it vent while at anchor or get it out of there pronto! Now
the survey.



1. How much petrol do you store

2. Where do you store it

3. How do you store it

4. Has anyone made a capped vent hole in lifeboat locker
similar to propane
locker



Best Regards and thanks for your time.

Chuck

Joy #388

In Grenada W.I (what a season)!


Alan Leslie
 

1. 10 litre 
2. External outboard motor tank
3. Lazarette - the tank doesn't leak
4. No and I wouldn't do that

We NEVER have anything lashed to the stanchions.
One decent wave and it would be gone and damage the stanchions.

Cheers
Alan
Elyse SM437


Mark Erdos
 

I often see world cruisers with cans lashed to stanchions. It seems many of the boats on which I observe this have a set up not as solid as Amel. I have never once heard of a large wave causing damage due to cans lashed. Improperly lashed, maybe. But not damage just because of the location. So I have to ask the question, has this ever happened?

 

We NEVER have anything lashed to the stanchions.
One decent wave and it would be gone and damage the stanchions.”

(my 2¢) My school of thought is I would rather repair stanchion damage due to a freak wave (if this is possible) than to file an insurance claim because the back end of my boat blow up from gasoline fumes. In my lazarette there are several items that could spark highly explosive gas fumes such as a short in the SSB antenna tuner, outlets or power supplies. Plastic gas cans are not immune to leakage and the threat of a leak can be amplified by abrasion during passages. Gasoline fumes are highly explosive (and heavier than air) and should never be stored in an area not adequately vented.

 

With best regards,

 

Mark

 

Skipper

Sailing Vessel - Cream Puff - SM2K - #275

Currently cruising - Vista Mar, Panama

www.creampuff.us

 

From: main@AmelYachtOwners.groups.io [mailto:main@AmelYachtOwners.groups.io] On Behalf Of Alan Leslie
Sent: Monday, June 17, 2019 1:42 AM
To: main@AmelYachtOwners.groups.io
Subject: Re: [AmelYachtOwners] Petrol questions/survey

 

1. 10 litre 
2. External outboard motor tank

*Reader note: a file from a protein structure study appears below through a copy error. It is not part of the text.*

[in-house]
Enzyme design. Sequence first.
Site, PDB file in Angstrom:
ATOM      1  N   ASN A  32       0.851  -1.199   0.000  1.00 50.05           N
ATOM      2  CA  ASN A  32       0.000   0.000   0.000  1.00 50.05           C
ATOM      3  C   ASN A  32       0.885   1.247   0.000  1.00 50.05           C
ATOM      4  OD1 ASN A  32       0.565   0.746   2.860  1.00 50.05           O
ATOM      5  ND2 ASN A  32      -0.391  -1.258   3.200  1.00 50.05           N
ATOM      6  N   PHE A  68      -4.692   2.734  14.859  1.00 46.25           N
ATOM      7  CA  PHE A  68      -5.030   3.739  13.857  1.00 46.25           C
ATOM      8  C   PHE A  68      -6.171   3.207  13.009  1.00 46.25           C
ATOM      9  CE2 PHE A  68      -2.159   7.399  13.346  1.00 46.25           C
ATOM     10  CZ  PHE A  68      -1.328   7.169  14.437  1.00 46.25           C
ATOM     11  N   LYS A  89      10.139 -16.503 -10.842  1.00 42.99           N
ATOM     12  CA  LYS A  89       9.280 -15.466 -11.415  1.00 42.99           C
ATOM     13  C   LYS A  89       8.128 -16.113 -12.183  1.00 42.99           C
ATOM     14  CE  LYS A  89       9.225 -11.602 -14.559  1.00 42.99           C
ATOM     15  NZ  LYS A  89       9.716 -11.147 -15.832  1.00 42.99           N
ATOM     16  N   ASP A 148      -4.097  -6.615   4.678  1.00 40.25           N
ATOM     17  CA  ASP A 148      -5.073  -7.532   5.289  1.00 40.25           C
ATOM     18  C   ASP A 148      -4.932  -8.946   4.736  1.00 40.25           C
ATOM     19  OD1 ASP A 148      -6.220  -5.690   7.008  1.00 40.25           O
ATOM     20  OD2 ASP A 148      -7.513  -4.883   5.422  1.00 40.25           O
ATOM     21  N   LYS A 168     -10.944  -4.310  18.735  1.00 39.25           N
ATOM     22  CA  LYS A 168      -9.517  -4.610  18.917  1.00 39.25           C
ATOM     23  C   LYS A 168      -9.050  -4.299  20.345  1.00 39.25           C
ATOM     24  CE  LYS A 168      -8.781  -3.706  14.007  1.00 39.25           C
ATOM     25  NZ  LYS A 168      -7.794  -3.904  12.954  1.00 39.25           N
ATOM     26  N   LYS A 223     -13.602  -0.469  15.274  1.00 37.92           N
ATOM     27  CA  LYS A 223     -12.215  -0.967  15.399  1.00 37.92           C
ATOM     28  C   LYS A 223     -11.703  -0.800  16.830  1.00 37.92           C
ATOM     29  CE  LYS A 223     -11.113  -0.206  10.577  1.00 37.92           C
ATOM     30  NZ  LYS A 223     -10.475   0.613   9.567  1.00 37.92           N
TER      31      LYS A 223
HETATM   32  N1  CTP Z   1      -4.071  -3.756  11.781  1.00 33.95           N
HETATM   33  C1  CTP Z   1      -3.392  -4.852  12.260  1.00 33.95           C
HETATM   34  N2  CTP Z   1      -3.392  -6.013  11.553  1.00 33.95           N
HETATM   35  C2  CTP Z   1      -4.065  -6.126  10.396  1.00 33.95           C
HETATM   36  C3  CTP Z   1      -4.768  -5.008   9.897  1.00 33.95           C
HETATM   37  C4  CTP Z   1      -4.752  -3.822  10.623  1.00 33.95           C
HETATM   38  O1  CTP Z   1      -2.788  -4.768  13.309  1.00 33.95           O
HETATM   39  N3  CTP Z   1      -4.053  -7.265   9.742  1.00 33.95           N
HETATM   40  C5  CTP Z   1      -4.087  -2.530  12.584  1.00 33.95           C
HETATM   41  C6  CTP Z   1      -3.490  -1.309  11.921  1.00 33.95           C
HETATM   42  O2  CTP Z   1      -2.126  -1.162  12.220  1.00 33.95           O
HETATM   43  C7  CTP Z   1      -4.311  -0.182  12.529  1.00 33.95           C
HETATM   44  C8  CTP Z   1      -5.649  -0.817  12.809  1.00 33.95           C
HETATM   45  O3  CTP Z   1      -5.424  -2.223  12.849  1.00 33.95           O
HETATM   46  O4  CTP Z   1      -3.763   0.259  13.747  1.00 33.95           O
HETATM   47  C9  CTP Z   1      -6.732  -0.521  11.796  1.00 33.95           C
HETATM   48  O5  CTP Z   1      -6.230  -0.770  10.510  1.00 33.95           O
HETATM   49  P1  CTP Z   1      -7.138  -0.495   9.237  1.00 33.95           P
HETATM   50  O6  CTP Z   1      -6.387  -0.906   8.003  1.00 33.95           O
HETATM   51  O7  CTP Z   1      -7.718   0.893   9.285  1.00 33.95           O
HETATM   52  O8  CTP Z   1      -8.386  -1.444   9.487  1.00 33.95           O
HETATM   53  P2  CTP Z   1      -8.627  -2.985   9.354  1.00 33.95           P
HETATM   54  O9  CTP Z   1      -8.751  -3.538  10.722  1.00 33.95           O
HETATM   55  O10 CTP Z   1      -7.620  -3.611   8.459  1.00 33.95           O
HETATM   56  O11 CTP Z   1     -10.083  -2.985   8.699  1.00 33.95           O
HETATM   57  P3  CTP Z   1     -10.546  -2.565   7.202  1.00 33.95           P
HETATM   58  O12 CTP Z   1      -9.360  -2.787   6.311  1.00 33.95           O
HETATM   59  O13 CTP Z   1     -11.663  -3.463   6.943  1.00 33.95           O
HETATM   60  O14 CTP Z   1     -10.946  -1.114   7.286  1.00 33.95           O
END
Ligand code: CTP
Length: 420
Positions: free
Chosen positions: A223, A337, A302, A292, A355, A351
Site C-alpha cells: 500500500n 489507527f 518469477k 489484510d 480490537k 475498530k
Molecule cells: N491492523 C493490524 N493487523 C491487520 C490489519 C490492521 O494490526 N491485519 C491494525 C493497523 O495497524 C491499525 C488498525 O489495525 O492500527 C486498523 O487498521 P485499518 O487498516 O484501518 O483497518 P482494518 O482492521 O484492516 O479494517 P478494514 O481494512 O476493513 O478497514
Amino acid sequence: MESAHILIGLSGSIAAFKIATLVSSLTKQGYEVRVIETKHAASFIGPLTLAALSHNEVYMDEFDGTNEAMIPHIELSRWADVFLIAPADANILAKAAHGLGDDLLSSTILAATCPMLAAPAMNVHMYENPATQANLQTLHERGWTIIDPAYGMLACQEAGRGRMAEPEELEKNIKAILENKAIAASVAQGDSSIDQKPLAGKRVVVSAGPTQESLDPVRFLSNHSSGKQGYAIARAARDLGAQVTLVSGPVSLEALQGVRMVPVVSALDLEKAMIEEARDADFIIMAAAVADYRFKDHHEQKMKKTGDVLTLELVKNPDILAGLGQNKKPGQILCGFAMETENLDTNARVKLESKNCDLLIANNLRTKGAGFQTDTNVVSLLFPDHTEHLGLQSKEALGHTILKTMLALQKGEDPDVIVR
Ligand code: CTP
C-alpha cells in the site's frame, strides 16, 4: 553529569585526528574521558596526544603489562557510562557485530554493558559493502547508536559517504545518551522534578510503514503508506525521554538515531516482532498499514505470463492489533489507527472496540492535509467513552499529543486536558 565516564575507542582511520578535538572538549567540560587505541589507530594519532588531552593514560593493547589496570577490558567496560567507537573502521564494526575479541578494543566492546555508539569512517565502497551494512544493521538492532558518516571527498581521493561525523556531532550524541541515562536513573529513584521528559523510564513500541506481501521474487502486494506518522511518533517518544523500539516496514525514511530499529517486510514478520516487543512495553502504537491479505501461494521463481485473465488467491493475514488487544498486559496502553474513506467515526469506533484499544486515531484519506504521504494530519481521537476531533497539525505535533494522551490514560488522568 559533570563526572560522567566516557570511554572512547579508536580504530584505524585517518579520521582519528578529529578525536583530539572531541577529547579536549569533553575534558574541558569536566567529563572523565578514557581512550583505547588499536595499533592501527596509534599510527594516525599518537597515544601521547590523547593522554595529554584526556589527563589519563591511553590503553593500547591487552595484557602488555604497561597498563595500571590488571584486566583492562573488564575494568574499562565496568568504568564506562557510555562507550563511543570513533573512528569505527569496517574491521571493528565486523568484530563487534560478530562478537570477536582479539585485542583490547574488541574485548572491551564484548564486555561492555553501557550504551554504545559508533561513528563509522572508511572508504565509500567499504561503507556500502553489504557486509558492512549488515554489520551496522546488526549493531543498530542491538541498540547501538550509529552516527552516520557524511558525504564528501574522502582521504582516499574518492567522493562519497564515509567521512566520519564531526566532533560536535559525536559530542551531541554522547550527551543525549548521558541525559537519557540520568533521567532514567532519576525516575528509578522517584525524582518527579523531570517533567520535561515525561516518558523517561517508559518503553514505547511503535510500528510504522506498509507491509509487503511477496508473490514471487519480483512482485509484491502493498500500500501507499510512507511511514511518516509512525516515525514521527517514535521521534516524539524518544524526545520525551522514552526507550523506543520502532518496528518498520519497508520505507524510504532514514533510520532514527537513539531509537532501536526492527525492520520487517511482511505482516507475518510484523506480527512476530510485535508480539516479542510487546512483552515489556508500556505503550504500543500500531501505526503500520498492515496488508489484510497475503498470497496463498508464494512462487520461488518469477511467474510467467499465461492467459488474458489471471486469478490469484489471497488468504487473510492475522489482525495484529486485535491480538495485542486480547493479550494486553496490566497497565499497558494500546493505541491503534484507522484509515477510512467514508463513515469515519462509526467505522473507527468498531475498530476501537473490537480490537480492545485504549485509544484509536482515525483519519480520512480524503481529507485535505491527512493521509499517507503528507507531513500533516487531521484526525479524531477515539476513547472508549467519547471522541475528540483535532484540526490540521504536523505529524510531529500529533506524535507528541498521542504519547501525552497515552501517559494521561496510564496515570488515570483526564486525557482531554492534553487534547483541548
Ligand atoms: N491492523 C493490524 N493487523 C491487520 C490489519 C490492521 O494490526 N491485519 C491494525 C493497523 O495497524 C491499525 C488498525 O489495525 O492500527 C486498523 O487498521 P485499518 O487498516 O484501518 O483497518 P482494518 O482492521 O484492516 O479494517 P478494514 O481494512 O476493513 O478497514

3. Lazarette - the tank doesn't leak
4. No and I wouldn't do that

We NEVER have anything lashed to the stanchions.
One decent wave and it would be gone and damage the stanchions.

Cheers
Alan
Elyse SM437


Patrick McAneny
 

Mark, I also agree with you, I sometimes see some small amount of leakage of gas from tanks due to heat and expansion and would never store gas below for the reason you stated . I store my tanks far aft ,where they are less prone to be impacted by waves. 
Pat
SM #123


-----Original Message-----
From: Mark Erdos <mcerdos@...>
To: main <main@AmelYachtOwners.groups.io>
Sent: Mon, Jun 17, 2019 7:53 am
Subject: Re: [AmelYachtOwners] Petrol questions/survey

I often see world cruisers with cans lashed to stanchions. It seems many of the boats on which I observe this have a set up not as solid as Amel. I have never once heard of a large wave causing damage due to cans lashed. Improperly lashed, maybe. But not damage just because of the location. So I have to ask the question, has this ever happened?
 
We NEVER have anything lashed to the stanchions.
One decent wave and it would be gone and damage the stanchions.”

(my 2¢) My school of thought is I would rather repair stanchion damage due to a freak wave (if this is possible) than to file an insurance claim because the back end of my boat blow up from gasoline fumes. In my lazarette there are several items that could spark highly explosive gas fumes such as a short in the SSB antenna tuner, outlets or power supplies. Plastic gas cans are not immune to leakage and the threat of a leak can be amplified by abrasion during passages. Gasoline fumes are highly explosive (and heavier than air) and should never be stored in an area not adequately vented.